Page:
Color subsampling is an image processing technique that reduces color resolution without affecting the intensity of the image, also called chroma subsampling. Its main purpose is to reduce the storage space or bandwidth used by images and video signals without compromising on the quality of the image. The technique is designed to utilize the human eye’s higher sensitivity to luminance variations compared to color.
A video signal comprises of two components: the luminance component (luma) and the chrominance component (chroma). The luma component forms the bulk of the image and provides the visible shapes and details while the chroma, or color component, provides the color information seen on the screen. Chroma subsampling is a method that compresses the color data of the video signal allowing more luma data to be provided, which reduces file sizes by up to 50% while still maintaining image clarity.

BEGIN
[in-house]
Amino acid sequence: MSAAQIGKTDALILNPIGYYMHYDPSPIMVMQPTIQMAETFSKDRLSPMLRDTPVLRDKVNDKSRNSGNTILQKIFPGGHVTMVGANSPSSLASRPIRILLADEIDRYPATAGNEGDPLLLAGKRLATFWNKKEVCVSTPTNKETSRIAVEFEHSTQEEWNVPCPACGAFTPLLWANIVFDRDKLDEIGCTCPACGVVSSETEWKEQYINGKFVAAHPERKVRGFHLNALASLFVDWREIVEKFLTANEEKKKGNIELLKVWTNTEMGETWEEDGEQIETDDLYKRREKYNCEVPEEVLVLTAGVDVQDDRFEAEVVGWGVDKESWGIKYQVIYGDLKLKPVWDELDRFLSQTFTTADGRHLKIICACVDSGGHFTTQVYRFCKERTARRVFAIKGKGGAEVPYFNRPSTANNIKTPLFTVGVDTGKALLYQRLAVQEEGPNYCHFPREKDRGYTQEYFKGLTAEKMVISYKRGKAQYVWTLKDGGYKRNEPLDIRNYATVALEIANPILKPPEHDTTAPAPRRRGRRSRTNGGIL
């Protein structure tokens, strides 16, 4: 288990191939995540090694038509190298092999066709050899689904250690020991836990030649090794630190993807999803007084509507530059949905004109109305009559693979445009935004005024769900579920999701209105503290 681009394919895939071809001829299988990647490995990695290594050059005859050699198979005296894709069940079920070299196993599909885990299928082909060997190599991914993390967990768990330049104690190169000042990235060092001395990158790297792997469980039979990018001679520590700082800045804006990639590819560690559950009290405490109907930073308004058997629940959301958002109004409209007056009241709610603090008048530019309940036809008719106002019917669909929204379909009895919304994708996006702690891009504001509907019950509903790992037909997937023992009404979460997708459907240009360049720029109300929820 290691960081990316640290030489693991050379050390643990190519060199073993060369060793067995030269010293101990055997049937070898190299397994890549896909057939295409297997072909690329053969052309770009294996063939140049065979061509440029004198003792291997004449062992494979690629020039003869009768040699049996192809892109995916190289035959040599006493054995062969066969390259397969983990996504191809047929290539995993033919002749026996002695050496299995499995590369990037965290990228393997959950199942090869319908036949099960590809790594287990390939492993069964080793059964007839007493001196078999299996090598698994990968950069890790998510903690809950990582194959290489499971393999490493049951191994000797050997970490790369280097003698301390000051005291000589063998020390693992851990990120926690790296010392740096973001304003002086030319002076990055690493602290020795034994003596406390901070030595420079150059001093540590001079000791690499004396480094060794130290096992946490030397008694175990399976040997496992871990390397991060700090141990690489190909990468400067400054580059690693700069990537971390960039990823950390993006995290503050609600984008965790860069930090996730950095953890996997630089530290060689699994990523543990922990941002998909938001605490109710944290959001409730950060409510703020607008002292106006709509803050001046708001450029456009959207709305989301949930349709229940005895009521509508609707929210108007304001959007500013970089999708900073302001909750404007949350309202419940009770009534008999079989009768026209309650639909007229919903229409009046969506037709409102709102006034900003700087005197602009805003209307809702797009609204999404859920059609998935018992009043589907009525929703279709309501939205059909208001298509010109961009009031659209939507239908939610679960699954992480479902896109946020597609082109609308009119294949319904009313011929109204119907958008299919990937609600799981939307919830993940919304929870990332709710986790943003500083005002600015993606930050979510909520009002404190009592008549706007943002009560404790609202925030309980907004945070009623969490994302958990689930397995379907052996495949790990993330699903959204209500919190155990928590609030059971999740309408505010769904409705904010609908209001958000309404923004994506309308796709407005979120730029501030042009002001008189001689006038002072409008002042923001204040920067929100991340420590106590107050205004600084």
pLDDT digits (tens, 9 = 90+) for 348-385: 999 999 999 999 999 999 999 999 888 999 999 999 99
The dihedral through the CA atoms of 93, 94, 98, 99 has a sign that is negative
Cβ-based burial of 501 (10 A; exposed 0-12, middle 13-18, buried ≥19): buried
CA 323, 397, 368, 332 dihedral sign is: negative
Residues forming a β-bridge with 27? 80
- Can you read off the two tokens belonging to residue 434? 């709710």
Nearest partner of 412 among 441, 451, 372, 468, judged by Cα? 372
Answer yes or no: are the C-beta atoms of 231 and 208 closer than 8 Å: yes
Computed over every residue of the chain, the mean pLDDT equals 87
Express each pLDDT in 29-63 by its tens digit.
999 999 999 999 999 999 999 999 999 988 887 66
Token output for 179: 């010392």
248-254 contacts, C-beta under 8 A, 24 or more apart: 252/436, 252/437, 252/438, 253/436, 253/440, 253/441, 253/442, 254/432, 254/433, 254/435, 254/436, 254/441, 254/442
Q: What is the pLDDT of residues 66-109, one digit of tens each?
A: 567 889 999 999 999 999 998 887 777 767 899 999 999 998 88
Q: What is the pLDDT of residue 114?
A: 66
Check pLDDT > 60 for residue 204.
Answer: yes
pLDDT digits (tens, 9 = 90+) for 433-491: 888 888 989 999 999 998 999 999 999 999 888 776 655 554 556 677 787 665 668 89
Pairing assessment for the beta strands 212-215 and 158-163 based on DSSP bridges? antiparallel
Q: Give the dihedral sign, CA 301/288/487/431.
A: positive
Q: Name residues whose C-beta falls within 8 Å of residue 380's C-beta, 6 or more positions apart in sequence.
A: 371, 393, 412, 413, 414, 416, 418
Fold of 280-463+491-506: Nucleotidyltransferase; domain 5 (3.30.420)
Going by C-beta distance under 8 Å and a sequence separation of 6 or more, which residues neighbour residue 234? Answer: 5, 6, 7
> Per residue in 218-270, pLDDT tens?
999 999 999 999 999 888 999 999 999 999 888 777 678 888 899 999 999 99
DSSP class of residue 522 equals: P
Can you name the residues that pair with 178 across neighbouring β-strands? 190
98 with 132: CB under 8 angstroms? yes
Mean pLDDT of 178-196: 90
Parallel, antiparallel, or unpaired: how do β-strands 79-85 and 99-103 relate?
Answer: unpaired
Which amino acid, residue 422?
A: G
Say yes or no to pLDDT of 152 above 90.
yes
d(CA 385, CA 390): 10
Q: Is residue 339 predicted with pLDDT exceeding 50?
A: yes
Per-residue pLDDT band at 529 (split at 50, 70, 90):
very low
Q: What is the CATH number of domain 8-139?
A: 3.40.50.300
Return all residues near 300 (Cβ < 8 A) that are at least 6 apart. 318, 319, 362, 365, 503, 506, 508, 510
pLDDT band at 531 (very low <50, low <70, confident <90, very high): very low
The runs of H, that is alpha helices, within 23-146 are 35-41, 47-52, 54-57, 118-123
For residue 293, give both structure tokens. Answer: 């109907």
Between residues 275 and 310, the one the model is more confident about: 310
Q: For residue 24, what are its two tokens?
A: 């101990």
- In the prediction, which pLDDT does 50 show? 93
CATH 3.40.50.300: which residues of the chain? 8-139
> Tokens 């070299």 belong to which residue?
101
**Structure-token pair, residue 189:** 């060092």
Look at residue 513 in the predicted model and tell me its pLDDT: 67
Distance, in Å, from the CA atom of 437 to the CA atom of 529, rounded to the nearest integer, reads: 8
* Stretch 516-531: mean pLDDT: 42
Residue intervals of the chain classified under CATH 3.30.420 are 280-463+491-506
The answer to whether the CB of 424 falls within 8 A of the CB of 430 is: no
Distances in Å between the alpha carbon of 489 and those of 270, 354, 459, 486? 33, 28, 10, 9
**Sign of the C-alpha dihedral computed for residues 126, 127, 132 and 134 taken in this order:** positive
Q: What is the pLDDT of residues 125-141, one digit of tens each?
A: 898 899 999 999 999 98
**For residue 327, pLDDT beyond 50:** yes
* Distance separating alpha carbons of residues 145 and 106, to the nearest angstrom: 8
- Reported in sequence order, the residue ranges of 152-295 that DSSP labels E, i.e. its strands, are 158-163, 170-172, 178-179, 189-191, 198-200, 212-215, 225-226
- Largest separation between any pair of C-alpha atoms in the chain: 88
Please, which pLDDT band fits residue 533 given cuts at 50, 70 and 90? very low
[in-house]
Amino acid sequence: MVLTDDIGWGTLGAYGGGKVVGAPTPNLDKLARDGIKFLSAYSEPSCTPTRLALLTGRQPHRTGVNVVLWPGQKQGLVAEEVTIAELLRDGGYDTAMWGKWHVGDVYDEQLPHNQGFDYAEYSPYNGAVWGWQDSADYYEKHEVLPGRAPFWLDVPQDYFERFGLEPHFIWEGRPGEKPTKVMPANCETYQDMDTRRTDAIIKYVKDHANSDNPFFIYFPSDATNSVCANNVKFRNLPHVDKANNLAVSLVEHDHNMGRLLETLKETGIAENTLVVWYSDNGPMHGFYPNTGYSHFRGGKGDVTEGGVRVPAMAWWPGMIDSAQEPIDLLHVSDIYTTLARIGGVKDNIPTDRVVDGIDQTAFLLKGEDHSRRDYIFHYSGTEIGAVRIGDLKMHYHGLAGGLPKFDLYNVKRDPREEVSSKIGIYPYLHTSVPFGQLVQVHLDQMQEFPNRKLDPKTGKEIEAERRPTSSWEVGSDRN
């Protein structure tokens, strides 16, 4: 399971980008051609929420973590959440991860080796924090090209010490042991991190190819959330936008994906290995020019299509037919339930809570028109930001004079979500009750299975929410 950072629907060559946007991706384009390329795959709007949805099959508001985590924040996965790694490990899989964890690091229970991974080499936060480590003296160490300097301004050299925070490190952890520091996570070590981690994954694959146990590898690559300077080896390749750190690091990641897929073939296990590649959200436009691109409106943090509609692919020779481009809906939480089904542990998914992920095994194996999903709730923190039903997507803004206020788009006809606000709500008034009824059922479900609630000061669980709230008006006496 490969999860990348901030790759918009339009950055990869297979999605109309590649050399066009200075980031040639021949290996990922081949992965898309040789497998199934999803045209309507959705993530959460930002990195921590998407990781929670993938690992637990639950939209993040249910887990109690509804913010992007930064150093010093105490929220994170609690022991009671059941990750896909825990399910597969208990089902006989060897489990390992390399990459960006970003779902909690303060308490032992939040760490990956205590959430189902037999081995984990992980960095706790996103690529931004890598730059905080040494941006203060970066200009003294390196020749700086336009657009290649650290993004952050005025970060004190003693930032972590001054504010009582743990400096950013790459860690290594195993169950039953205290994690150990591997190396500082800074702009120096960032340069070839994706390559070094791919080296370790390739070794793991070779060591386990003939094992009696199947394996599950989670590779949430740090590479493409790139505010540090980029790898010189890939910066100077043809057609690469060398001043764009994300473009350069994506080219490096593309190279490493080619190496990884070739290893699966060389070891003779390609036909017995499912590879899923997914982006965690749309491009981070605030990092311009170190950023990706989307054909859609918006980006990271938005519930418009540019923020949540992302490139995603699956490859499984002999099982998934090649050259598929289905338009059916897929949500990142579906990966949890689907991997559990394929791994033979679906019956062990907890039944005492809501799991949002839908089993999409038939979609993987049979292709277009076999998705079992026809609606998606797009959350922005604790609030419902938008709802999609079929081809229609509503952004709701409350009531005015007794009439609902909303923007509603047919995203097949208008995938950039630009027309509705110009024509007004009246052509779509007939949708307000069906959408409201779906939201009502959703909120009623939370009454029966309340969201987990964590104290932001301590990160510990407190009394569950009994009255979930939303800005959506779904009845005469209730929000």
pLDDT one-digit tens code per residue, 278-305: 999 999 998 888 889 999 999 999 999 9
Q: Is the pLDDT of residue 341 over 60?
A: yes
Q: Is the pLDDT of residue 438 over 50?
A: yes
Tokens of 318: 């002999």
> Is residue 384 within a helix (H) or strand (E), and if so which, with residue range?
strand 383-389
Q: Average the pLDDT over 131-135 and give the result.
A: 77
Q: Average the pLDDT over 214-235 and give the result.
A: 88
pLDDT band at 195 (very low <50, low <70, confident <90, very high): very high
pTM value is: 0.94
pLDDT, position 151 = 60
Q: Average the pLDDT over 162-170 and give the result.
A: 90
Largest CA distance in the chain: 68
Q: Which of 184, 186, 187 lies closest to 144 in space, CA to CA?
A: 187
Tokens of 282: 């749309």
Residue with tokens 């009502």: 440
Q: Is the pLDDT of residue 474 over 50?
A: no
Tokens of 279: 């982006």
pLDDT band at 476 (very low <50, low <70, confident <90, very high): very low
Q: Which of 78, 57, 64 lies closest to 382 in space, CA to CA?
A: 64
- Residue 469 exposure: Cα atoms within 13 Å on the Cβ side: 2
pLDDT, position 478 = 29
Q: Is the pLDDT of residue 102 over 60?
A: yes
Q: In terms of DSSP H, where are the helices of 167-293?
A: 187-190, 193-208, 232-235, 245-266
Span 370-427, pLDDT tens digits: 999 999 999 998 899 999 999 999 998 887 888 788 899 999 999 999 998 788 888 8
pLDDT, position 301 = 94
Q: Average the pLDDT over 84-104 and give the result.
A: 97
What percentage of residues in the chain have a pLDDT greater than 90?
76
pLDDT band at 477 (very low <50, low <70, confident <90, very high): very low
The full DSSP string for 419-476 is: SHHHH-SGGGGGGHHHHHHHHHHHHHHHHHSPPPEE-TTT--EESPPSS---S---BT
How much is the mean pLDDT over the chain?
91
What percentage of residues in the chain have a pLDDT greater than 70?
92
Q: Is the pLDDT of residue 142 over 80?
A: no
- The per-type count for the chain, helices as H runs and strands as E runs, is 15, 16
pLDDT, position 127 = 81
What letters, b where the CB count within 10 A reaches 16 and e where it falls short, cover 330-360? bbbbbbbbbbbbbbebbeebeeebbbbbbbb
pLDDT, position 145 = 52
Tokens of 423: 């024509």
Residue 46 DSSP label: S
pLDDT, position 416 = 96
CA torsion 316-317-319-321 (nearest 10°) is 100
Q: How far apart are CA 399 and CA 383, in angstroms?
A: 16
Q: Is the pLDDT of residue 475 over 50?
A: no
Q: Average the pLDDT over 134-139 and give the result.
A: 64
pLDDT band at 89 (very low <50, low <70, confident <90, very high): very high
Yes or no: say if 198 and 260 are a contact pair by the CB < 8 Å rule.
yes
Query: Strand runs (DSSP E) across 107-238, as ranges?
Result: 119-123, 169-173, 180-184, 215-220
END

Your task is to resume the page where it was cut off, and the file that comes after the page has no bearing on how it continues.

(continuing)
Chroma subsampling is achieved by compressing the color data in a video signal or file. The chroma subsampling compression levels are referred to as ratios, such as 4:4:4, 4:2:2, and 4:2:0, where 4:4:4 is uncompressed since it has equal amounts of chroma data and luma data. A ratio of 4:2:2 has half the chroma data compared to 4:4:4 while a ratio of 4:2:0 has a quarter of the chroma data compared to a ratio of 4:4:4.
What is the importance of chroma subsampling?
Chroma subsampling is essential in reducing the storage space or bandwidth required for high volume images or video signals without significantly compromising the final image quality.
What are the components of a video signal?
The two primary components are Luma (luminance) and Chroma (chrominance).
What are chroma subsampling compression ratios?
The levels of chroma subsampling compression ratios are 4:4:4, 4:2:2 and 4:2:0.
Color subsampling, also referred to as Chroma subsampling, is a technique that reduces color resolutions without affecting intensity. It reduces bandwidth use and file sizes for images and video signals. Chroma subsampling compresses color data in video signals and files resulting in a higher amount of luma data for a similar or smaller size of the video while maintaining image quality. Its main purpose is to create better compression ratios without compromising image quality.